Pages

Thursday, March 29, 2018

Glorious in its Imperfections and Farm Cat Shenanigans.

After a very small (okay, one day) hiatus from knitting so that my hands could rest - alas, my mind could not, ergo one day - I was hot on my pair-of-socks-a-month deadline.  Not surprising to those who know me, these were not too big, as were the last ones.  They were too small!  I was a tad disappointed, as the yarn was special - a hand-dyed green single Merino - but I bucked up and went on the lookout for someone with more diminutive feet.  With any luck, these socks will be winging their way northeastwards to someone who sports Audrey Hepburn-like footsies.  And who will appreciate them in all their glorious imperfection!


For those of you who are interested (if you're not, just hum a few bars of something - I'll be back in a second), these were knit with a magic loop, from the toe up.  First for me and I like it!


I'm back.  I've been chipping away at the snow load and Mother Nature has been giving me a hand by a) not dropping anymore snow on us and b) providing daytime temps that encourage meltage.  Unfortunately, our night time temps encourage freezage.


Which is why this is my view every night and every morning:
Lump A (left) and Lump B (right)
Peanut Butter and Lovey, respectively.
Lumps are interchangeable, as are the blankies
On Saturday, I visited my parents and got to see my sister and dog nephew.  I then swung by my friend's house to drop something off and commiserate over her frustration at having a broken ankle and a large farm to take care of.  Indeed.  Luckily, her husband has been stepping up, as have various nieces and a nephew, and the weather has been crapola.  I was excited to see their new addition, which she, so far, has only seen with binoculars.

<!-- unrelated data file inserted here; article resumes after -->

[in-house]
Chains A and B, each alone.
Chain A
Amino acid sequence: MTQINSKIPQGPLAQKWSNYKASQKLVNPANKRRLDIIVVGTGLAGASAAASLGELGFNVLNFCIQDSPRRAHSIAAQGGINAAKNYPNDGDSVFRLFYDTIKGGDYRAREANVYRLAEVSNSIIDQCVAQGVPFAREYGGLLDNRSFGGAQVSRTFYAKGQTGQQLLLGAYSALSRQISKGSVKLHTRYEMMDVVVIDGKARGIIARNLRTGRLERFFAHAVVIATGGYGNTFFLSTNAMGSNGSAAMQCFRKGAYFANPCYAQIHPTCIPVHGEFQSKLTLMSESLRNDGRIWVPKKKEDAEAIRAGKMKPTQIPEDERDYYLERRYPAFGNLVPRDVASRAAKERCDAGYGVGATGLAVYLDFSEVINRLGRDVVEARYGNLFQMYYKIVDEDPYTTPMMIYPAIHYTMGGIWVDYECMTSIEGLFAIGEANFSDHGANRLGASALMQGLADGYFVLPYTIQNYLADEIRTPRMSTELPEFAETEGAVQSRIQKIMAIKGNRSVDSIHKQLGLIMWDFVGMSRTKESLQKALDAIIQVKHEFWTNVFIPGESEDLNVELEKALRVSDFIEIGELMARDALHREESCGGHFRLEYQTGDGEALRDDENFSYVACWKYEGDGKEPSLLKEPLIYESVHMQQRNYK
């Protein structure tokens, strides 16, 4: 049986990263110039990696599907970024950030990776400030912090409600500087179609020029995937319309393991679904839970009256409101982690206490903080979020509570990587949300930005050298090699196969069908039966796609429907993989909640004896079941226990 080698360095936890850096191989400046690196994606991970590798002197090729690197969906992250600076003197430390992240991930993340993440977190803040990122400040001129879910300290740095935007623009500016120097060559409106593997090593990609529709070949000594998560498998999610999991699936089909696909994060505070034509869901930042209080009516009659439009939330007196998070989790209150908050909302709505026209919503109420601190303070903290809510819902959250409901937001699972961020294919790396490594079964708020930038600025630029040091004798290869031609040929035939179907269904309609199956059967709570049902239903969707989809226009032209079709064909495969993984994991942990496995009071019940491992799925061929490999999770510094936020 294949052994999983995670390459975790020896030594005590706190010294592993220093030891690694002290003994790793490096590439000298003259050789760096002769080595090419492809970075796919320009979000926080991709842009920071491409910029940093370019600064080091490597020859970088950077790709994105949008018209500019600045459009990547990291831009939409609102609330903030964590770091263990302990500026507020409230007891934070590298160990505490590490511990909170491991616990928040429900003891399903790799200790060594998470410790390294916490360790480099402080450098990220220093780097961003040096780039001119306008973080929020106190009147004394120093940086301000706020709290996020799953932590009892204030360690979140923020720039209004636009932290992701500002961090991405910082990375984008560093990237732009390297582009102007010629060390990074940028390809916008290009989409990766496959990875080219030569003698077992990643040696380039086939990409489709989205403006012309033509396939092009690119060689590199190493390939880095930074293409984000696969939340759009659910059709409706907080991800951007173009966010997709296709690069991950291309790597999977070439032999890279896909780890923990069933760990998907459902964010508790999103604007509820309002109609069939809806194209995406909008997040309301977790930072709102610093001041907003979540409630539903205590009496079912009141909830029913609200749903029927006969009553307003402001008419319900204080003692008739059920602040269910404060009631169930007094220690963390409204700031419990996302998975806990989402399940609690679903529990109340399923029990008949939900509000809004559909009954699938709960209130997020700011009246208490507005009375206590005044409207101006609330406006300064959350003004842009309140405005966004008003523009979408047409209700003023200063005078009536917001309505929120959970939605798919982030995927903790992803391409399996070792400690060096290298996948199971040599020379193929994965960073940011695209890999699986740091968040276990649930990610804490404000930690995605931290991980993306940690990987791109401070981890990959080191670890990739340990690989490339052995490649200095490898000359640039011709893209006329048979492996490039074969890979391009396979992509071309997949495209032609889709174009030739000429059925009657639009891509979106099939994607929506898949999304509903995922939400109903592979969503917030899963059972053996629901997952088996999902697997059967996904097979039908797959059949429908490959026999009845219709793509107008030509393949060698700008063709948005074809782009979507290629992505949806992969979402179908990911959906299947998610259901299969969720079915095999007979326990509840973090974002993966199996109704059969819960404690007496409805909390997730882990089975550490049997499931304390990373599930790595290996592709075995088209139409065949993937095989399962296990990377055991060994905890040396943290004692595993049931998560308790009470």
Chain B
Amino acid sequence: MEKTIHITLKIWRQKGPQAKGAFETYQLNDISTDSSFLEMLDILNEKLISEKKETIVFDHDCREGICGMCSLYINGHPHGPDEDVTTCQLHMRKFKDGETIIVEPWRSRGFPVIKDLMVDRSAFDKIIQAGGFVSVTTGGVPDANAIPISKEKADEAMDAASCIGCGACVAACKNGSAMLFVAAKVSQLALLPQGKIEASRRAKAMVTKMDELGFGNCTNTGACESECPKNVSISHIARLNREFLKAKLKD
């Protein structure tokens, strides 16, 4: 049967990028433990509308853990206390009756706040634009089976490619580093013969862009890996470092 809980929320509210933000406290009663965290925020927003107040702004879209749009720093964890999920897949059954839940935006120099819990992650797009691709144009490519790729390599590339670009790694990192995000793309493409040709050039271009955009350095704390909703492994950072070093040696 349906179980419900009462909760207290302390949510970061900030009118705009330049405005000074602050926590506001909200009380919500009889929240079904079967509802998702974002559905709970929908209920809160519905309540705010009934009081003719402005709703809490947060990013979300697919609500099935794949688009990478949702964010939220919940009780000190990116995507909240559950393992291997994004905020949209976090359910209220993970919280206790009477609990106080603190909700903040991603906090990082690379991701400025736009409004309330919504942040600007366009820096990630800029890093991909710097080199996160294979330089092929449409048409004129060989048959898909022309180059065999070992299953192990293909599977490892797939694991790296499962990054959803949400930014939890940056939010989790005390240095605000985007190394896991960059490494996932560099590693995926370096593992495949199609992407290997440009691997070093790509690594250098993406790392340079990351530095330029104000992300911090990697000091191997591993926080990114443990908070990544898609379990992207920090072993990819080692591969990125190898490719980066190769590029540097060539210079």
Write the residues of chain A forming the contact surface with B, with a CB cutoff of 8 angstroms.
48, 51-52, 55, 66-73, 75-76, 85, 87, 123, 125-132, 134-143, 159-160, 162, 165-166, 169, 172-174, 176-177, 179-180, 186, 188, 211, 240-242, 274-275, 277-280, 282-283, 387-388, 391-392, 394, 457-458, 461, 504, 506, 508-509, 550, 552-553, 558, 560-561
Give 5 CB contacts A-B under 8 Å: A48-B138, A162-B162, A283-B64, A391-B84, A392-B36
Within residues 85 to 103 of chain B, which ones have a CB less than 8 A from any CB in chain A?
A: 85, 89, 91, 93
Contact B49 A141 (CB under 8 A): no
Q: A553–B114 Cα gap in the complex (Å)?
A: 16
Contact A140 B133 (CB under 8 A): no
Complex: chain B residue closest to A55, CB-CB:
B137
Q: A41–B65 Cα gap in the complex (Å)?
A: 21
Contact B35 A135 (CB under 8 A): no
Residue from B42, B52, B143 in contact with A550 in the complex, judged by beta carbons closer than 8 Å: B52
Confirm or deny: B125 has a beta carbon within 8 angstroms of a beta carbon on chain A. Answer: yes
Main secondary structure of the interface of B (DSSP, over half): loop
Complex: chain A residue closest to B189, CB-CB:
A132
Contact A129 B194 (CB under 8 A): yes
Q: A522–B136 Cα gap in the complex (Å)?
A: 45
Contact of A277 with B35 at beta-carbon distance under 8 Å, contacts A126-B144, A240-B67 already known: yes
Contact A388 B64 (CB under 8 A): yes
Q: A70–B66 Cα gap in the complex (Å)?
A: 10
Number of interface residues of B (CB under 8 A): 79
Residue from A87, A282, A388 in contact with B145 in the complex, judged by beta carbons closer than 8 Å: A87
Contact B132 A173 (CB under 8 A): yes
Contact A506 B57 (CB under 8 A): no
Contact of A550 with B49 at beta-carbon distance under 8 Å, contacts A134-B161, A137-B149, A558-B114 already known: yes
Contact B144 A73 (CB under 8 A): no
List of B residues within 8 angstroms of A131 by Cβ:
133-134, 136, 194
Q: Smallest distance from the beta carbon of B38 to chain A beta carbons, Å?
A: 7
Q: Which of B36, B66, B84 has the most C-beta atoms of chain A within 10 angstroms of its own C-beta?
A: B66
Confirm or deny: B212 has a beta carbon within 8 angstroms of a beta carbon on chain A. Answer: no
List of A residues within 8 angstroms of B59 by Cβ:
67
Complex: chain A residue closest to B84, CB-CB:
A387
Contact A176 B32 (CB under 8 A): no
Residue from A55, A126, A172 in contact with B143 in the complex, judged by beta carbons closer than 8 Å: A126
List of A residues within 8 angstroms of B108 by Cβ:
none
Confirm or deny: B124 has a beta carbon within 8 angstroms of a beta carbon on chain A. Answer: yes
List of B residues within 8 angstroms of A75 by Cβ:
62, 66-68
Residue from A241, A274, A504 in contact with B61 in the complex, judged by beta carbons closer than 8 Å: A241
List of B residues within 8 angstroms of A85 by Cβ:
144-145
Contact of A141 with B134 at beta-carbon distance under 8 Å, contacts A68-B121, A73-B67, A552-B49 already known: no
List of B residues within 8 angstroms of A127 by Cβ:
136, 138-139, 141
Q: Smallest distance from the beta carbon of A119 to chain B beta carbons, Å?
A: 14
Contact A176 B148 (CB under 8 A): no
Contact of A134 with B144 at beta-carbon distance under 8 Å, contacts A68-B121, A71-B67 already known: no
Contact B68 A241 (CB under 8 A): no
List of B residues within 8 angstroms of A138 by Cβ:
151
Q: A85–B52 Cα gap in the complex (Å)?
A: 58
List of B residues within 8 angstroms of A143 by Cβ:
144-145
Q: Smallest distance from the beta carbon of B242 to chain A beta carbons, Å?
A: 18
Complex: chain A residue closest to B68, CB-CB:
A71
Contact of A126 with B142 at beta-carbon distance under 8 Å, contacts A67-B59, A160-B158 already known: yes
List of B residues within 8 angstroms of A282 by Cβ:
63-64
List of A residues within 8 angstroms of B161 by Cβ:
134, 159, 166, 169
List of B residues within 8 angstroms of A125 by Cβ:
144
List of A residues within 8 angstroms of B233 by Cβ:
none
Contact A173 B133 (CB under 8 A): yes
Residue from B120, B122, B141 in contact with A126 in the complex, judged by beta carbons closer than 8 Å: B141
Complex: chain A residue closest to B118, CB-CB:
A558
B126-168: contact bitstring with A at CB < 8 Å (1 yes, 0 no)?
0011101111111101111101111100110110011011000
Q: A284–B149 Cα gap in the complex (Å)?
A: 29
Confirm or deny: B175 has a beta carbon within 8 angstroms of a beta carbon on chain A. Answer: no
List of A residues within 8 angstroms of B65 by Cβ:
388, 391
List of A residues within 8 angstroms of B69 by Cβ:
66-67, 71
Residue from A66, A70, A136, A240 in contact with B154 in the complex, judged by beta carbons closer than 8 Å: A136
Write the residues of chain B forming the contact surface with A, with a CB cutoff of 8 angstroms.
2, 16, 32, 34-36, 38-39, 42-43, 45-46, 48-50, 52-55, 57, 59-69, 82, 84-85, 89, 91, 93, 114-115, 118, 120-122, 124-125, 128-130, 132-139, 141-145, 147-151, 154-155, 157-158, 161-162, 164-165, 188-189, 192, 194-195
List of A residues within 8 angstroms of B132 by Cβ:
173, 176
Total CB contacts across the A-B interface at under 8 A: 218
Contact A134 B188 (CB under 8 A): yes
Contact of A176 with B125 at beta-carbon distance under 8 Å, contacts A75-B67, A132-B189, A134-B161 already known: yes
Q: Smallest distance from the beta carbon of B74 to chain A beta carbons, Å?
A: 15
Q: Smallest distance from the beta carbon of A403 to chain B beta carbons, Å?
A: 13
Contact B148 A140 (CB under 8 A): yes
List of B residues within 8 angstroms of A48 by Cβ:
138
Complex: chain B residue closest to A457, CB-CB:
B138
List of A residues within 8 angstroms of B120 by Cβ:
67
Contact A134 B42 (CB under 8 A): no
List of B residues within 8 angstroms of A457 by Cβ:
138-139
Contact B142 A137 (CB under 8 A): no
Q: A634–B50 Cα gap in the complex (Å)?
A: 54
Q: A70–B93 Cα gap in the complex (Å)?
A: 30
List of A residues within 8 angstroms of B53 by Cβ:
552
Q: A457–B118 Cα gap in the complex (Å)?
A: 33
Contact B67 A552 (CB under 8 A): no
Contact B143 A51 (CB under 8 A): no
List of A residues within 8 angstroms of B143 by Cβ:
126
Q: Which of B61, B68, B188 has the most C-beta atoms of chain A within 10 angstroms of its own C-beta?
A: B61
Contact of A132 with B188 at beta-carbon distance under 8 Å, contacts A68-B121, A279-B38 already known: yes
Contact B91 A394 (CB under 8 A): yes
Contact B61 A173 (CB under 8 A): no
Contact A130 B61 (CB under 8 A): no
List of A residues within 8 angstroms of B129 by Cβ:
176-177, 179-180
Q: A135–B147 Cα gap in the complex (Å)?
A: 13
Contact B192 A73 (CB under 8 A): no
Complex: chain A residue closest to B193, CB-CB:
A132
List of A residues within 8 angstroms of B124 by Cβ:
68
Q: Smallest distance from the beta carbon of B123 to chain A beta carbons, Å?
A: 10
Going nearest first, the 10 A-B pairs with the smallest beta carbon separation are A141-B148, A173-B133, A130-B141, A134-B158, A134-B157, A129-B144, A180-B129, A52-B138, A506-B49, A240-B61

We believe it is a little boy dumpling.
Then it was back home for more shoveling and housecleaning, and whipping up a quick, early dinner for my 83 y/o neighbor who has been my savior during March and beyond. 


*****
I have been feeding the cats at the dairy farm's abandoned farmhouse for almost two years.  During that time, a female cat (which I named Grayce because she's gray and I'm so creative) has been a constant.  She is, thankfully - I think, fingers crossed - spayed.  I seem to remember her from some years ago as a catch, spay and release project from a well-meaning but dingle berry local woman.  This is the same woman who 'set free' a neutered male, long-haired city cat that got so matted and burr-infested that he had to be trapped, shaved and rehomed INSIDE, poor boy.  Anyhoo, Grayce has gone through her share of boyfriends and seems to have settled on a rather taciturn male with tiger stripes.  They get along, she whacks him on a regular basis and he puts up with it, and all has been going swimmingly.  Until his insane doppelganger arrived.  This boy has hormones up the wazoo and gets into fights on a regular basis.  He's a mess and has upset the apple cart of harmony.  We're stuck with him because...
There are steps there, somewhere.
And this pic was taken after a week of meltage.  Of course, the three feet of snow on the metal porch roof has come down as an avalanche on a regular basis and, try as I might, I can't keep up with it.  If it's frozen, I can scale the mountain of snow and reach the porch proper, where they are fed.  Unfortunately, I cannot do this safely whilst donned in work clothes - and I feed them on the way to work.  I will have to dig the steps out again this weekend and, hopefully, oust the bugger.  I will try to tempt him to the front porch, but, you know, hormones.